Veteranclaims’s Blog

April 5, 2009

EAJA, veterans can file for EAJA awards

Filed under: EAJA; March v. Brown; pro se; litigation expenses; — veteranclaims @ 12:33 am

The first instance we found of a veterans being able to apply and potentially receive EAJA award was this January 5, 1995 JUDICIAL REVIEW CONFERENCE CALL document, see below.

March v. Brown was also cited on January 16, 2007, in Apollo, Sr. v. Nicholson, MEMORANDUM DECISION by SCHOELEN, Judge. Judge Schoelen goes on to give an excellent discussion of what can be awarded to pro se veterans that prevail, see that case for full details.

March v. Brown, 7 Vet.App. 163, 166-70 (1994) (holding that a pro se nonattorney litigant is eligible to reimbursement of litigation expenses pursuant to 28 U.S.C. 2412(d)(1)(A)).

March v. Brown, No. 91-1104 (U.S. Ct. Vet. App. Nov. 18, 1994) – In this case, it was held that attorney fees claimed under the Equal Access to Justice Act (EAJA) by a non-attorney claimant who represented himself or herself before the Court must be denied. However, the Court noted that the statute, 28 U.S.C. § 2412(d), does not prohibit the payment of expenses of litigation to a non-attorney practitioner. Therefore, an appellant who represented himself or herself before the Court may be awarded EAJA expenses.

January 5, 1995

Page Topic

1 Opening Remarks
ARMS Update
Electronic Bulletin Board

2 Gardner Update
Appellate Procedures

3 REPS Benefits
Decision Assessment Package

4 Jones v. Brown, No. 93-315
Martin v. Brown, No. 92-141

5 Hennessey v. Brown, No. 92-1233
McGraw v. Brown, No. 93-27
Reyes v. Brown, No. 93-996
Elcyzyn v. Brown, No. 91-1664
Aronson v. Brown, No. 92-561

6 March v. Brown, No. 91-1104
Olney v. Brown, No. 92-783
Jennings/Buckley v. Brown, Nos. 91-1474 and 92-866
Massey v. Brown, No. 93-135

7 Scott v. Brown, No. 93-288
O.G.C. Prec. 18-94
O.G.C. Advisory 29-94
Questions and Answers between various RO’s and CO.

8-12 Questions and Answers continued

13 ADDENDUM I (Retroactive Effect of Court Decisions)

14 ADDENDUM II (VBA Bulletin Board Instructions)

January 5, 1995

Opening Remarks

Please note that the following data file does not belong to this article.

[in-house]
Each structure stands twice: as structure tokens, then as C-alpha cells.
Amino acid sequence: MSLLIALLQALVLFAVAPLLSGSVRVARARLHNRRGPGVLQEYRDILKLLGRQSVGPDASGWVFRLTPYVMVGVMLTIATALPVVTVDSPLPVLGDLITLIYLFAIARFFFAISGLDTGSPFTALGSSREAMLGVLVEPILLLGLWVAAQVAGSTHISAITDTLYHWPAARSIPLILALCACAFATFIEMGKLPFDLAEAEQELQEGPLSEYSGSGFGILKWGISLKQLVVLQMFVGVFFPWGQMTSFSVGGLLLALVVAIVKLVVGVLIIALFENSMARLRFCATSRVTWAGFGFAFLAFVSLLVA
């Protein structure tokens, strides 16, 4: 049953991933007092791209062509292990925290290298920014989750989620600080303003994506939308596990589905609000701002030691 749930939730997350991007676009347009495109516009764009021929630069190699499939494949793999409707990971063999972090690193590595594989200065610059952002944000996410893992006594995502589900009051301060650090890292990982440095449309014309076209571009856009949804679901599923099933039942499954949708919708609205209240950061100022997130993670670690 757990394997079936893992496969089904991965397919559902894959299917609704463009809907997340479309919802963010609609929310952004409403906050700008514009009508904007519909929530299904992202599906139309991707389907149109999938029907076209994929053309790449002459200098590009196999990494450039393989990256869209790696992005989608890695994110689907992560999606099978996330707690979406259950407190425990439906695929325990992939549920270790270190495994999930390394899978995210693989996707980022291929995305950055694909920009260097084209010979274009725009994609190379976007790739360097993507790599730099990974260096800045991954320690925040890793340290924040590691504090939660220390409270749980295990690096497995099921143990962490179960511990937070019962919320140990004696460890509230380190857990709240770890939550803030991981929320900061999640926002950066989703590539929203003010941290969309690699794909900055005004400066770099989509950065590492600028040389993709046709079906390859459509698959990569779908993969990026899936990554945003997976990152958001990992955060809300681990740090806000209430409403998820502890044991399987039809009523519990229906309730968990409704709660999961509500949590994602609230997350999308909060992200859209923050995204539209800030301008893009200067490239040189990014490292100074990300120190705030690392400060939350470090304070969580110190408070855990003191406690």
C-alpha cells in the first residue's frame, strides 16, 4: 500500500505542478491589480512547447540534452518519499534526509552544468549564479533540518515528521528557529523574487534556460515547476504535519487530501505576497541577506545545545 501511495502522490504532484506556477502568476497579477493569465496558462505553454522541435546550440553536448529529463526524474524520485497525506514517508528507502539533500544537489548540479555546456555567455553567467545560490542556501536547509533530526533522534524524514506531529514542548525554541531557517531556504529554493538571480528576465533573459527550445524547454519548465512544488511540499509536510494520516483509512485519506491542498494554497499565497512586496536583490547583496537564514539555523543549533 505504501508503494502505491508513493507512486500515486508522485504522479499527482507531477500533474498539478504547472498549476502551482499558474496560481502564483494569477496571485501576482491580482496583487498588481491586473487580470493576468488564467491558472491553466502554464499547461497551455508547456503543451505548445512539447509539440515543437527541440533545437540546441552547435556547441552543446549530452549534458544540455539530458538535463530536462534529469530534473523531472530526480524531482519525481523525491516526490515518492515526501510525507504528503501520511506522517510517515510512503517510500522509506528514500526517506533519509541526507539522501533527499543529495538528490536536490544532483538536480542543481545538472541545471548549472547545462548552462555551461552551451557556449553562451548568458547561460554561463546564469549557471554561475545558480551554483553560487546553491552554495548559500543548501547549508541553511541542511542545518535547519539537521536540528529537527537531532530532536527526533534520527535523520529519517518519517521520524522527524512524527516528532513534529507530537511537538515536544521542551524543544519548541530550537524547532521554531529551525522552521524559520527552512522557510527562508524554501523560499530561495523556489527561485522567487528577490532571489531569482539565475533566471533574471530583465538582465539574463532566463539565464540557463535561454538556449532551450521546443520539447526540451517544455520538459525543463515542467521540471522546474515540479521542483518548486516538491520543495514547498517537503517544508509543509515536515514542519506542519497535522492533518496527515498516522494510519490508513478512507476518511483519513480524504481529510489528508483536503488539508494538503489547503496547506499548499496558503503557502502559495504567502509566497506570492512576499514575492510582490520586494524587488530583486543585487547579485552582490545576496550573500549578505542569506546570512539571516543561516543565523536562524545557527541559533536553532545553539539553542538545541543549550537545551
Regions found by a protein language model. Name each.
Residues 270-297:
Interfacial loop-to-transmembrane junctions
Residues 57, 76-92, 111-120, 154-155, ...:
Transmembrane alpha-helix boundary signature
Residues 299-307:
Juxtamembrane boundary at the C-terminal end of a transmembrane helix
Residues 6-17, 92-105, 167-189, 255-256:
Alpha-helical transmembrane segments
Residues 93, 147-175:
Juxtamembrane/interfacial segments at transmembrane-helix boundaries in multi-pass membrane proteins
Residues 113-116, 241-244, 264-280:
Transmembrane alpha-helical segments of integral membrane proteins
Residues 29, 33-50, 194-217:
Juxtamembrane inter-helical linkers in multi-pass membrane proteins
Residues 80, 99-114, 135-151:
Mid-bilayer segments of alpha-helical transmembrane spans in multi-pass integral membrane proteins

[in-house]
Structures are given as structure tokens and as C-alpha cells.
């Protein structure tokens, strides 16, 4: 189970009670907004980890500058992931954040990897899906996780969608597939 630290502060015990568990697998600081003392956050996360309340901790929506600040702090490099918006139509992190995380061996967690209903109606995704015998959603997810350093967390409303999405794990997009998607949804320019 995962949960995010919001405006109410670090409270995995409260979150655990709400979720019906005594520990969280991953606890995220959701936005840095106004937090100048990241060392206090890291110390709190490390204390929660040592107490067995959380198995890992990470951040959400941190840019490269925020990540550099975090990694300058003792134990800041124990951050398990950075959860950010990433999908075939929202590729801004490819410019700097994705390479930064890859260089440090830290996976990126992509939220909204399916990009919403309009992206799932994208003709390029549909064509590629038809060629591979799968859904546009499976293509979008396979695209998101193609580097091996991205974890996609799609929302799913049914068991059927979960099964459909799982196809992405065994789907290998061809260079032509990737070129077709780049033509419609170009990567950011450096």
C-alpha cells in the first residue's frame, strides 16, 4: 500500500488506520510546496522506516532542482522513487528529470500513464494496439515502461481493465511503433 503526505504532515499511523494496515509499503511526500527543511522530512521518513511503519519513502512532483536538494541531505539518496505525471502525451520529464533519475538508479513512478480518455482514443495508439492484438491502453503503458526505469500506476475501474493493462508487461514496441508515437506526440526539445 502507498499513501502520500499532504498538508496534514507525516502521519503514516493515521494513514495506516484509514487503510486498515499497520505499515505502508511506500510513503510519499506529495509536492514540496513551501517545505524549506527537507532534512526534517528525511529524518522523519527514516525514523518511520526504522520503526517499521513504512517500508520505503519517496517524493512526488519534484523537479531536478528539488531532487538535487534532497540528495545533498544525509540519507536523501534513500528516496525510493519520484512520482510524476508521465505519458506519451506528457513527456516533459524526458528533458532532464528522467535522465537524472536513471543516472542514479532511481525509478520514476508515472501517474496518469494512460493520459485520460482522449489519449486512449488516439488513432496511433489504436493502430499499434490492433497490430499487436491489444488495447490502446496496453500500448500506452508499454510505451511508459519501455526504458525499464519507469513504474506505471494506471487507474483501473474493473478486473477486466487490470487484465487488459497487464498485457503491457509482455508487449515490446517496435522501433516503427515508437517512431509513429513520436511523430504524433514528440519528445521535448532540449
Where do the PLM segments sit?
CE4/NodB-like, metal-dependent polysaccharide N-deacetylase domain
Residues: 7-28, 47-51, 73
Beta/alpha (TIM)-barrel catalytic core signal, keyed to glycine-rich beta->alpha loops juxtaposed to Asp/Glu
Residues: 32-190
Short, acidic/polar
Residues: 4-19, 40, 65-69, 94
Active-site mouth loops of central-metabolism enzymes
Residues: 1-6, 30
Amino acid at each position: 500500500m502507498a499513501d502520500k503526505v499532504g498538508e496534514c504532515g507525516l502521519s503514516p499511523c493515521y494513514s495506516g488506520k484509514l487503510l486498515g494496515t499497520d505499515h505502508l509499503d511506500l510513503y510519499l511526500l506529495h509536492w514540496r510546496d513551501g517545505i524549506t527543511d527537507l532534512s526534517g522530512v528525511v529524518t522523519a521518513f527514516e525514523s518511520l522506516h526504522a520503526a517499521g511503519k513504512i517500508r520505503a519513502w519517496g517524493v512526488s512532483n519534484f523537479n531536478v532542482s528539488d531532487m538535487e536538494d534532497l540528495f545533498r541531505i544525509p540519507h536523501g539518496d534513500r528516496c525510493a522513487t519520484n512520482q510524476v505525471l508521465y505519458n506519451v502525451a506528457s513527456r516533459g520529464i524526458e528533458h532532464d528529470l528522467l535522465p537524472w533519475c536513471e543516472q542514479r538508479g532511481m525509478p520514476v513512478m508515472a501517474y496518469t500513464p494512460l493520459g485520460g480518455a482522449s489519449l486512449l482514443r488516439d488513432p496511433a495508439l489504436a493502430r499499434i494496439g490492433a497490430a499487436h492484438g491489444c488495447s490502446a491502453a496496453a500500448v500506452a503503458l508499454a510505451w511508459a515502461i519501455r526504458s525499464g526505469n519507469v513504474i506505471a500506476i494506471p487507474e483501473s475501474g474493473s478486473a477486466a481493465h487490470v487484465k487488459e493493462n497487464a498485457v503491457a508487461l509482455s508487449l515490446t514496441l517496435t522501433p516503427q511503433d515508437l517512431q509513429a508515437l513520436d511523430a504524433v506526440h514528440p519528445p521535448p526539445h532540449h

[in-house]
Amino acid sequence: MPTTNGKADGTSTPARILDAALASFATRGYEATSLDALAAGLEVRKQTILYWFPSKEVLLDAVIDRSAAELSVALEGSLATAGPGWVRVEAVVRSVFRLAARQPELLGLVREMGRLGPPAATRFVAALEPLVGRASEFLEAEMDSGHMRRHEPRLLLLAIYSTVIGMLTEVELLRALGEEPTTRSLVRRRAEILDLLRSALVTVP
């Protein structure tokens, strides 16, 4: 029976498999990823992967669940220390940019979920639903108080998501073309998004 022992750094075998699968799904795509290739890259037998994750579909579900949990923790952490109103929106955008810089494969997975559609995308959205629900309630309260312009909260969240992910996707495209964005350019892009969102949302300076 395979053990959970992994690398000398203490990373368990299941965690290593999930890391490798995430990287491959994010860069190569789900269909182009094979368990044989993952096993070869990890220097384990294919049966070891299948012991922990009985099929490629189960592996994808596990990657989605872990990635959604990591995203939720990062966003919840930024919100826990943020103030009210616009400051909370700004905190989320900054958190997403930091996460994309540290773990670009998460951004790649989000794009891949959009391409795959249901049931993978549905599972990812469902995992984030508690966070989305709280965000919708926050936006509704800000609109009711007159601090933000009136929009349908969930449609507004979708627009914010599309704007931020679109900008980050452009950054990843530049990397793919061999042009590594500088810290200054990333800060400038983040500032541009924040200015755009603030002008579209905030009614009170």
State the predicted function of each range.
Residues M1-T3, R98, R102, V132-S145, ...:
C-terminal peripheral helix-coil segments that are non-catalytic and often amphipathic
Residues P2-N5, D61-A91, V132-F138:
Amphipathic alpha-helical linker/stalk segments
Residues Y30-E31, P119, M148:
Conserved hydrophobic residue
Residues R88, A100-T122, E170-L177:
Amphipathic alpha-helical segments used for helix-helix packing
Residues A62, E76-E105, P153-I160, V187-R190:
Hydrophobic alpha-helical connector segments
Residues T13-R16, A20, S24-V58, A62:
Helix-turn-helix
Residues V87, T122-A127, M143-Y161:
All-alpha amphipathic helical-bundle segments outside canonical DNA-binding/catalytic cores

Good morning. Right after the general COVA conference call this morning we will be conducting an attorney fee coordinators hotline. We ask that all interested parties remain in attendance, because we’ll immediately move from this call to that one. I’d like to mention that you may have noticed that our decision assessment document package contents have changed, in fact, this last DAD package was bigger than most. We now send DADs for every precedent decision issued by the Court of Veterans Appeals, even if we do not recommend a change to our policies or procedures. We’ll try to keep those DADs which recommend a change at the beginning of the package for easy reference.

ARMS Update

We’ve had some questions about what information will be available on CD ROM, through ARMS, regarding documents relating to the Veterans’ Court. The CD ROM disc will contain a directory heading entitled COVA. Included under COVA will be three subdirectories, which are: DADS (this subcategory contains decision assessment documents); Decisions (this subcategory contains COVA precedent decisions); and Index, (this subcategory contains an index of decisions by topic, for example, PTSD, well-grounded claims, or IU). The February disc will contain COVA decisions for 1990, 1991 and 1992; the March disc will contain decisions for 1993,1994 and 1995. Most DADS will be on the February disc. In fact, all DADS from 1993 and 1994 should be on the disc, and the balance will be on the March update.

Electronic Bulletin Board

Our DADs and hotline transcripts are now available on the VBA Bulletin Board. COVA information is available by selecting the file entitled Veterans’ Court Documents. I have been adding documents to the bulletin board as they are approved by C&P Service so that they are available to regional offices and service organizations quickly, this next month they should be available on the bulletin board before or at the same time as the DAD package goes out to you by E-mail. You may be familiar with the bulletin board, as it is currently used to retrieve financial data from VBA’s Office of Resource Management. The phone number for this bulletin board is (202) 275-5286 and it is maintained by the Office of Resource Management. They are available for help with all technical questions. I will attach basic instructions for using the bulletin board as an addendum to this hotline.

Gardner Update

The General Counsel issued a memorandum dated December 27, 1994, to the Under Secretary for Benefits which provides guidance under which we may begin awarding compensation under section 1151. We are currently developing procedural instructions which will be contained in a circular and sent out to you shortly. In the memorandum the General Counsel noted that “compensation is payable if an injury resulting from VA treatment causes additional disability or death and the injury is not a risk of which the veteran was informed before consenting to undergo treatment. For example:

A veteran is informed of three of the known risks of a certain surgical procedure before consenting to it. As a result of the surgery, the veteran suffers a fourth and different type of complication which he had not been informed was a risk of the procedure. Compensation would be payable for resulting disability or death.

A medical procedure is performed on a veteran without his or her consent. Compensation would be payable for resulting disability or death.”